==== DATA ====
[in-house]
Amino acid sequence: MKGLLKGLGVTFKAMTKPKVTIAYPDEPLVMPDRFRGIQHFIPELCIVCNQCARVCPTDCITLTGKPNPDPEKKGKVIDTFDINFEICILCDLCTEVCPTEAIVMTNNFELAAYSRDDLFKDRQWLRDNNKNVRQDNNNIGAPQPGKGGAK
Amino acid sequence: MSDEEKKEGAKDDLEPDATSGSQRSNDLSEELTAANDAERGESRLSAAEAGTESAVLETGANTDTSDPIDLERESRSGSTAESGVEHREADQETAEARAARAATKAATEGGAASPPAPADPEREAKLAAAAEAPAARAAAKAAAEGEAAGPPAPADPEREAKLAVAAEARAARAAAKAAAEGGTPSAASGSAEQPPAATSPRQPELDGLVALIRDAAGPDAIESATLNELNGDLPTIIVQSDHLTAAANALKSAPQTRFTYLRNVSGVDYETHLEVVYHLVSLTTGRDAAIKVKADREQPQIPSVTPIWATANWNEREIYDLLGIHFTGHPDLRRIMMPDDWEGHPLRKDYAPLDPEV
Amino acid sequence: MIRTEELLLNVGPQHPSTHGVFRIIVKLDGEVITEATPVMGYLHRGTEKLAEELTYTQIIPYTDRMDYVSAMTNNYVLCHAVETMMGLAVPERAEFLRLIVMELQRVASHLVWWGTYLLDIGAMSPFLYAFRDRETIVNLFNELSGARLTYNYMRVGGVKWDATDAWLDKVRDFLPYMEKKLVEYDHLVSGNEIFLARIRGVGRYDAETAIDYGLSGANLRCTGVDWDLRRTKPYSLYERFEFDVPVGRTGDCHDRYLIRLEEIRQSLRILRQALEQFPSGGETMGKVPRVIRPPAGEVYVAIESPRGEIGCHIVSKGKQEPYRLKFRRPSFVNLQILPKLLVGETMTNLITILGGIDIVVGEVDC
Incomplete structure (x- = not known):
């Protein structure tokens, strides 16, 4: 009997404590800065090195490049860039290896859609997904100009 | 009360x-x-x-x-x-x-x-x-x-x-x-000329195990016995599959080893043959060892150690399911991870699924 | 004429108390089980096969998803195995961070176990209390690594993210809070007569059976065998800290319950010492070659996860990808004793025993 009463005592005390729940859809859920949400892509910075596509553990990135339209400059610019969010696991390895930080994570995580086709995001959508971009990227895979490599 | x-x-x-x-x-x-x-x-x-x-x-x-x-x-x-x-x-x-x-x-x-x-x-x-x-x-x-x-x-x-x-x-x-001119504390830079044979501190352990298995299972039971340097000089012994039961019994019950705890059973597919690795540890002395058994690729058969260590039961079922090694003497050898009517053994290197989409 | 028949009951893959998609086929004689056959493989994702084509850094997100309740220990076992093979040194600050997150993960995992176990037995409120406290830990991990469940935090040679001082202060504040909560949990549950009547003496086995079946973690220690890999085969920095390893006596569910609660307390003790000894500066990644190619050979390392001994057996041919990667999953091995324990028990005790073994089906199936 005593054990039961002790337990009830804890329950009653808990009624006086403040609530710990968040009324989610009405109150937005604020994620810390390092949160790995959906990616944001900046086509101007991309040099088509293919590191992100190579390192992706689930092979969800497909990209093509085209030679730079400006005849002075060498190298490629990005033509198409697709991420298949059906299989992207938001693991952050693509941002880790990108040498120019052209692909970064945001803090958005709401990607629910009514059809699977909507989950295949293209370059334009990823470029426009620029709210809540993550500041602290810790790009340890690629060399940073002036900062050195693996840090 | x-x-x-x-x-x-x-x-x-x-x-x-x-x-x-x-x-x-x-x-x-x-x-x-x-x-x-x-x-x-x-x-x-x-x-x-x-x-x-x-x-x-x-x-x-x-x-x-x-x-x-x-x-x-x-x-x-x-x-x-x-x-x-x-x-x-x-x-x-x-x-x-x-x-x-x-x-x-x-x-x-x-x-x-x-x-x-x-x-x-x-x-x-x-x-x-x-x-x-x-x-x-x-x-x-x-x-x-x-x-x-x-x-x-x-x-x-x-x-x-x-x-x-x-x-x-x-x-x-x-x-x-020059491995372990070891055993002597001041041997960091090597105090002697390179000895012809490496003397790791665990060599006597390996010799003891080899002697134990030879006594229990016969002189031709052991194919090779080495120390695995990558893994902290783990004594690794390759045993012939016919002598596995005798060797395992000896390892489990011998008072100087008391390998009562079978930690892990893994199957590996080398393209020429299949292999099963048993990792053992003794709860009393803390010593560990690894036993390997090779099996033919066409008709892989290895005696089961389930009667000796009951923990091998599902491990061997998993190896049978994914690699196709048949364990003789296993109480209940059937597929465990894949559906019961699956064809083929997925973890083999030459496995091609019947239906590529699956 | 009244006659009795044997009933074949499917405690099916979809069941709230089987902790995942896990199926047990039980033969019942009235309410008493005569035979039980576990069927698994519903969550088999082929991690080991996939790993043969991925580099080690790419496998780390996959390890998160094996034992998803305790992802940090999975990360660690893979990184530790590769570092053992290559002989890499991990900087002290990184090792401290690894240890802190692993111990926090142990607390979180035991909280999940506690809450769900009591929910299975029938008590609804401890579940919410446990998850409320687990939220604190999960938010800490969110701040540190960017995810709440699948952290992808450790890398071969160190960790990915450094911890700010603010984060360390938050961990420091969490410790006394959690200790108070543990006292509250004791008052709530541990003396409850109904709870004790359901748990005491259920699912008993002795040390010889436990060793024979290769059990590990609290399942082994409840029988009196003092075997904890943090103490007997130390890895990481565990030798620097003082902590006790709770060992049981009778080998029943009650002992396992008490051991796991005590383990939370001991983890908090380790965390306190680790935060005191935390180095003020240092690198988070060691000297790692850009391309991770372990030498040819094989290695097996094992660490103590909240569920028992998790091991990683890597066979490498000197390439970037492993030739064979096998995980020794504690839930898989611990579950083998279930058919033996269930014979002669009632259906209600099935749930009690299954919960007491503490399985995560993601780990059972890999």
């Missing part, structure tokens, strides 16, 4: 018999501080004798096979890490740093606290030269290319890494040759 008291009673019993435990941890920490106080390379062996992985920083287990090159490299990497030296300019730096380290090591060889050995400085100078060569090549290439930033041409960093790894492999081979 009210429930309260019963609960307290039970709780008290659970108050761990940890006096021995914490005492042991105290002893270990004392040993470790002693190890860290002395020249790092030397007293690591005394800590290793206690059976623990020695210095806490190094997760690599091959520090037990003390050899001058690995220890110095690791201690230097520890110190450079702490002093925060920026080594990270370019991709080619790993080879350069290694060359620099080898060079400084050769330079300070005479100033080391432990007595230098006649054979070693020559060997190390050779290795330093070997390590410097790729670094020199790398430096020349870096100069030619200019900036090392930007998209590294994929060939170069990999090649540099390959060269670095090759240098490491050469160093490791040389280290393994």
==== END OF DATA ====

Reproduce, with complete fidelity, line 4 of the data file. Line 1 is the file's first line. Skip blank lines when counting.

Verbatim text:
Amino acid sequence: MIRTEELLLNVGPQHPSTHGVFRIIVKLDGEVITEATPVMGYLHRGTEKLAEELTYTQIIPYTDRMDYVSAMTNNYVLCHAVETMMGLAVPERAEFLRLIVMELQRVASHLVWWGTYLLDIGAMSPFLYAFRDRETIVNLFNELSGARLTYNYMRVGGVKWDATDAWLDKVRDFLPYMEKKLVEYDHLVSGNEIFLARIRGVGRYDAETAIDYGLSGANLRCTGVDWDLRRTKPYSLYERFEFDVPVGRTGDCHDRYLIRLEEIRQSLRILRQALEQFPSGGETMGKVPRVIRPPAGEVYVAIESPRGEIGCHIVSKGKQEPYRLKFRRPSFVNLQILPKLLVGETMTNLITILGGIDIVVGEVDC